The French leader, whose decision to ram much-disputed pension legislation through parliament earlier this month sparked clashes and violence in French cities, is trying to keep his busy diplomatic schedule on track.
But the chaotic scenes of burning piles of rubbish in Paris, which were broadcast around the world, have already forced Macron to cancel a state visit by Britain’s King Charles, an embarrassment which did not go unnoticed in diplomatic circles.
“It’s a very prestigious thing to host the first visit abroad of the King of England, it doesn’t happen every day. If you can’t pull it off, it’s a problem,” the ambassador of a European country told Reuters.
“It’s clear it is weakening him,” another EU diplomat said. “It’s hard to measure the impact, but there is one.”
The protests, which will see unions stage an 11th nationwide strike during Macron’s time in Beijing, come as the French president is trying to regain the initiative on the war in Ukraine and play a leadership role in Europe.
That hasn’t escaped Chinese observers.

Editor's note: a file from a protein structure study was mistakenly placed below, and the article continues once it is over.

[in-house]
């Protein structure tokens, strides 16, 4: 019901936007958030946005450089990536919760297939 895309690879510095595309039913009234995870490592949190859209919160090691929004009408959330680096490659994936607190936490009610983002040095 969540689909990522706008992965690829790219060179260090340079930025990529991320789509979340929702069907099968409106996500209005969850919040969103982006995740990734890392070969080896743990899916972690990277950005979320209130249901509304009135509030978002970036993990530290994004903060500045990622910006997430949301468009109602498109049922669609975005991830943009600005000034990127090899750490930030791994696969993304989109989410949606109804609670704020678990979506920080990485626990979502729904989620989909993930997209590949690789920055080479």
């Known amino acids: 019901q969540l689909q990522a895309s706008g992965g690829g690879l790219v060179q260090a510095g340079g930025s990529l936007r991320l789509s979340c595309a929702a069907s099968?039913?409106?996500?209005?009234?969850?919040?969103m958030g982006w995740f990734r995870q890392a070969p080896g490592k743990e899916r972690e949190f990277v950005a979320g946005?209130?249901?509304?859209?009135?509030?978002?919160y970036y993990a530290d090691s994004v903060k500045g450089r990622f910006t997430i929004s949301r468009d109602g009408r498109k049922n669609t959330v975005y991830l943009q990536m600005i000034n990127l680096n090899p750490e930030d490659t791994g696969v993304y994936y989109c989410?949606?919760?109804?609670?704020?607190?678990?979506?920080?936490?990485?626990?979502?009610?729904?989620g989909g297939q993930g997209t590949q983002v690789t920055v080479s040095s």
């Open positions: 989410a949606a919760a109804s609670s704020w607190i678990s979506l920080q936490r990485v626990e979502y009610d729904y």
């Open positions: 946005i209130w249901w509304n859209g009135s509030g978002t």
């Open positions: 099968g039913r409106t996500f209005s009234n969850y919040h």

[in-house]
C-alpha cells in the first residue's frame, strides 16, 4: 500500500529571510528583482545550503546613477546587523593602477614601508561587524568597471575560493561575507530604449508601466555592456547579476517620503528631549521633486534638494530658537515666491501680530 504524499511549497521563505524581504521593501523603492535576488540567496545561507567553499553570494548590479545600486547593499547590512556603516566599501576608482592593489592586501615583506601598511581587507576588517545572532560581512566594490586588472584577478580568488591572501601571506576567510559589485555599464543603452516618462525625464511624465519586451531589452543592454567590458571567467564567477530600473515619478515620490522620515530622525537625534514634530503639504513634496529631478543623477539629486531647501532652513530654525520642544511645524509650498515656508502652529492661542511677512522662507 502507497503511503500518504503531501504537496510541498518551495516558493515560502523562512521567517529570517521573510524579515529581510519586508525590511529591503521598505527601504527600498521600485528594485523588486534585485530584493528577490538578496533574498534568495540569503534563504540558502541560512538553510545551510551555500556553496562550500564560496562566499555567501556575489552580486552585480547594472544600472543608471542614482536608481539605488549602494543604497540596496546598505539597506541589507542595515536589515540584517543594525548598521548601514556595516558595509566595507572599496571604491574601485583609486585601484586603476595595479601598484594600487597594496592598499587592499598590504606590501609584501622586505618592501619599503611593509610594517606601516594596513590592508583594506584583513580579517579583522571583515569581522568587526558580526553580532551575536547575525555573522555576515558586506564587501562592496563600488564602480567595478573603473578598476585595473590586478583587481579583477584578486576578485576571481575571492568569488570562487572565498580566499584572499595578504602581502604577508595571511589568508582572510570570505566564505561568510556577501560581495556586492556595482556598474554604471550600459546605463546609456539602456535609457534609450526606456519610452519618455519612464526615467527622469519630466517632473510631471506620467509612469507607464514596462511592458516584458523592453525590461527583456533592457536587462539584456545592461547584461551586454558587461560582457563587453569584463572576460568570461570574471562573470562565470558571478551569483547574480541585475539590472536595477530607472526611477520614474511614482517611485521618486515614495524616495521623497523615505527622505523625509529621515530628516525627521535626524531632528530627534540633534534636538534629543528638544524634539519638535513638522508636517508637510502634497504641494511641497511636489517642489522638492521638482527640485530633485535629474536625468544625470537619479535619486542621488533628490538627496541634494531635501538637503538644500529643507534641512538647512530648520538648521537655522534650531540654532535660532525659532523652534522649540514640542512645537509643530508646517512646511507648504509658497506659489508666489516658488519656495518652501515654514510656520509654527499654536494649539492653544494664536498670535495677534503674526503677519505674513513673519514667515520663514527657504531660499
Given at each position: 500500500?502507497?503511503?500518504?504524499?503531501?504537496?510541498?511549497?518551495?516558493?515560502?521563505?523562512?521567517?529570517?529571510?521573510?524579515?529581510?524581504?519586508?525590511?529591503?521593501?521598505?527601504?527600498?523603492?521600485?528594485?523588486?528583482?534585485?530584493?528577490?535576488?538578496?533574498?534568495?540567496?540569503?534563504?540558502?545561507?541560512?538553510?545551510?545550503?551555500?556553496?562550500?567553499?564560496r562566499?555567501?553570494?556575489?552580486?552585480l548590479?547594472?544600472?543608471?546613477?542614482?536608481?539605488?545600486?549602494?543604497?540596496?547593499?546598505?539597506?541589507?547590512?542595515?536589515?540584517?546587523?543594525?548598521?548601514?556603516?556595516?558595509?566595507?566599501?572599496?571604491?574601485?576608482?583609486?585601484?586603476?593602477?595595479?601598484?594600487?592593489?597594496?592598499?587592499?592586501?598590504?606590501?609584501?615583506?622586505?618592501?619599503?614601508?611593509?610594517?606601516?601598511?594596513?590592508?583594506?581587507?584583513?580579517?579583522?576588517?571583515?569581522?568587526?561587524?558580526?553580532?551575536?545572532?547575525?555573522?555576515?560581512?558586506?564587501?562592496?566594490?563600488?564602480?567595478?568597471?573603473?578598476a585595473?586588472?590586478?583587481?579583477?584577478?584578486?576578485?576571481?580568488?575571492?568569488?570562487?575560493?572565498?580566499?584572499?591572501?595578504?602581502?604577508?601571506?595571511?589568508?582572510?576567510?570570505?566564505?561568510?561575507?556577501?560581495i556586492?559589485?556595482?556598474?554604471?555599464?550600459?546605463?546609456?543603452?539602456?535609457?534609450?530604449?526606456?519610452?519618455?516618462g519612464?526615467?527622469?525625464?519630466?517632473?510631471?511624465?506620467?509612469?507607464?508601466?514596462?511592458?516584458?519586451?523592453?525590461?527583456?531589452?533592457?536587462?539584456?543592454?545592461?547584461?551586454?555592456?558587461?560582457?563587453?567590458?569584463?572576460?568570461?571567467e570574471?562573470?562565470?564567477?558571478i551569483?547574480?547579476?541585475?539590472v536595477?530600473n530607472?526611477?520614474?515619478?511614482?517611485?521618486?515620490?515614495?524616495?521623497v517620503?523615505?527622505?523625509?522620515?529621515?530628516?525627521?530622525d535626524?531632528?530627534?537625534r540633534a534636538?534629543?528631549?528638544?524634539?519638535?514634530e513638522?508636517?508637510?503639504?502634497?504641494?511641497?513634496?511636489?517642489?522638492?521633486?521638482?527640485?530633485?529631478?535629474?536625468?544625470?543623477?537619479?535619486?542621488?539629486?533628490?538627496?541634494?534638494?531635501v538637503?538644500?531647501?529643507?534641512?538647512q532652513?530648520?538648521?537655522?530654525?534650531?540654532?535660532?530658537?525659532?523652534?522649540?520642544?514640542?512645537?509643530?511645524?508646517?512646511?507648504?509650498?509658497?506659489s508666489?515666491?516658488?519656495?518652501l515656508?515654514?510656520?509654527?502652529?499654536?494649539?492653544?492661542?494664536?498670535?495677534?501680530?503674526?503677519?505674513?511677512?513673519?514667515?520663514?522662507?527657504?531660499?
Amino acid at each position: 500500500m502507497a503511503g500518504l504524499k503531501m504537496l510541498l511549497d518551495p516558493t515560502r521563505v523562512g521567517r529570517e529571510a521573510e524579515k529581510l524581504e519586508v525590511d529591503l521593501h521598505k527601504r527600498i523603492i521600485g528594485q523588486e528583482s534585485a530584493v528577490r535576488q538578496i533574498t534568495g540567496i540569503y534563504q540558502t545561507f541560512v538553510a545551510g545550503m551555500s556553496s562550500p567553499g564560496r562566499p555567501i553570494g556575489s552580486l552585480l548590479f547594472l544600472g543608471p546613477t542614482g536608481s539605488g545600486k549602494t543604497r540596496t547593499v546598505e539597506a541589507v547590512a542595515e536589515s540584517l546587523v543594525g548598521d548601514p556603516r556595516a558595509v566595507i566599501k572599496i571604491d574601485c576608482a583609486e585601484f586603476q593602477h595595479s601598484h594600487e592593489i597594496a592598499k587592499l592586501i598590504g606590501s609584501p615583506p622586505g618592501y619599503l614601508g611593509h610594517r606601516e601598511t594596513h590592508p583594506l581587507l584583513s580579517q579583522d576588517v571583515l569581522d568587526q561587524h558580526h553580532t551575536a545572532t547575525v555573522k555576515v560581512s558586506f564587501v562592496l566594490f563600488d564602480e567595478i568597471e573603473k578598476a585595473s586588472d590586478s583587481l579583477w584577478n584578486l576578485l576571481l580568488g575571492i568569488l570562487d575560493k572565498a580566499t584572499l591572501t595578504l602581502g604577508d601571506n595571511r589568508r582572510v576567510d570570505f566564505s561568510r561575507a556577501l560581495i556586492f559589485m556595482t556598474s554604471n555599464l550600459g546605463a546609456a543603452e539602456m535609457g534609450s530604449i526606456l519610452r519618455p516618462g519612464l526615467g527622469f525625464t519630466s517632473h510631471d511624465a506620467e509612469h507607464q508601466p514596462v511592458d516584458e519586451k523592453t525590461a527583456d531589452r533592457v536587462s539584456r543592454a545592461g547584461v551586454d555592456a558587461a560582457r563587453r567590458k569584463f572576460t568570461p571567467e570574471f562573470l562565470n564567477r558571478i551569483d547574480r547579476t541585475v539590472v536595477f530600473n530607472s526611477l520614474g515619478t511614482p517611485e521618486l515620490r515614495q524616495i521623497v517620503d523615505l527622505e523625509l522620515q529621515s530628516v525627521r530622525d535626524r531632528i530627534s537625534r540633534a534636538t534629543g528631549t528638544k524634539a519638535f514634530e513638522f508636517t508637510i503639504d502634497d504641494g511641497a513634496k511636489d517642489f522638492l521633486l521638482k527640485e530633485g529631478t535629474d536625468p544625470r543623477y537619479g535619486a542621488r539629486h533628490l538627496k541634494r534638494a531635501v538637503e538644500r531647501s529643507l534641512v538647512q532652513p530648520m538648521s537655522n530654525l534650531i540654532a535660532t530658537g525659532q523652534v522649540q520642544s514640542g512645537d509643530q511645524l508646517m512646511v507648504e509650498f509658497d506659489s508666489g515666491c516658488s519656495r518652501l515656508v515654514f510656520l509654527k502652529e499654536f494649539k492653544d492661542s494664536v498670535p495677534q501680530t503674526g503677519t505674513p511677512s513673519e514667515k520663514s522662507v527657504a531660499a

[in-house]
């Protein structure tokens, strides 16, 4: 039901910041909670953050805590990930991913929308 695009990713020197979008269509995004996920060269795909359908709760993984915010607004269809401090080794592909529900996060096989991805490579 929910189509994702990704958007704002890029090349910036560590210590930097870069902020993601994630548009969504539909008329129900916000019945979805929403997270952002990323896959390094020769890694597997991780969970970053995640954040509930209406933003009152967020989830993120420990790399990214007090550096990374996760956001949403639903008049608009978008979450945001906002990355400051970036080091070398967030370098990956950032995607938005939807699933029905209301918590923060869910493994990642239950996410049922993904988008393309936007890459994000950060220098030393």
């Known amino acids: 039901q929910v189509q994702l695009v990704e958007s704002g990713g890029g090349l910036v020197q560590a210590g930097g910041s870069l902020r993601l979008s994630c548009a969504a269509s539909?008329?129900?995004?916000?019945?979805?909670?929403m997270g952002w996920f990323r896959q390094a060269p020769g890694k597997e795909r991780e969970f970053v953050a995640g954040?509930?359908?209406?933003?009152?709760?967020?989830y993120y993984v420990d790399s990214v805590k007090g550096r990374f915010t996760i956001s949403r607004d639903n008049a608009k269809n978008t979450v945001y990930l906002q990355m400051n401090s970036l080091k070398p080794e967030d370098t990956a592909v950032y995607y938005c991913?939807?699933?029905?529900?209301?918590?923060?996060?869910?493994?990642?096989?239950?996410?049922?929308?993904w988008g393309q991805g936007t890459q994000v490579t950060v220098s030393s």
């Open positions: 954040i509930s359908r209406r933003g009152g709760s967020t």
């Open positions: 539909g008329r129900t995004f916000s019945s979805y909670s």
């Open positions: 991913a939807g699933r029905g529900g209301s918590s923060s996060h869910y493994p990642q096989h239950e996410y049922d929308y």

“The protests bring a large amount of risk and France needs a diplomatic highlight, especially since it wants to play the role of Europe’s leader,” said Wang Yiwei, director of the Centre for European Studies at Renmin University in China.
Macron will also need to keep in mind China’s tactic of playing divide and rule, said a non-Western diplomat who suggested China may try to use the trip to place a wedge in the Western camp and lure France away from the United States.
For his part, Macron wants to send a clear warning to his counterpart Xi Jinping, who was hosted at the Kremlin by Russian President Vladimir Putin earlier this month, that Europe will not accept China providing arms to Russia, now a year into its invasion of Ukraine.
“Our message will be clear: There may be a temptation to get closer to Russia, but do not cross that line,” a senior French diplomat said.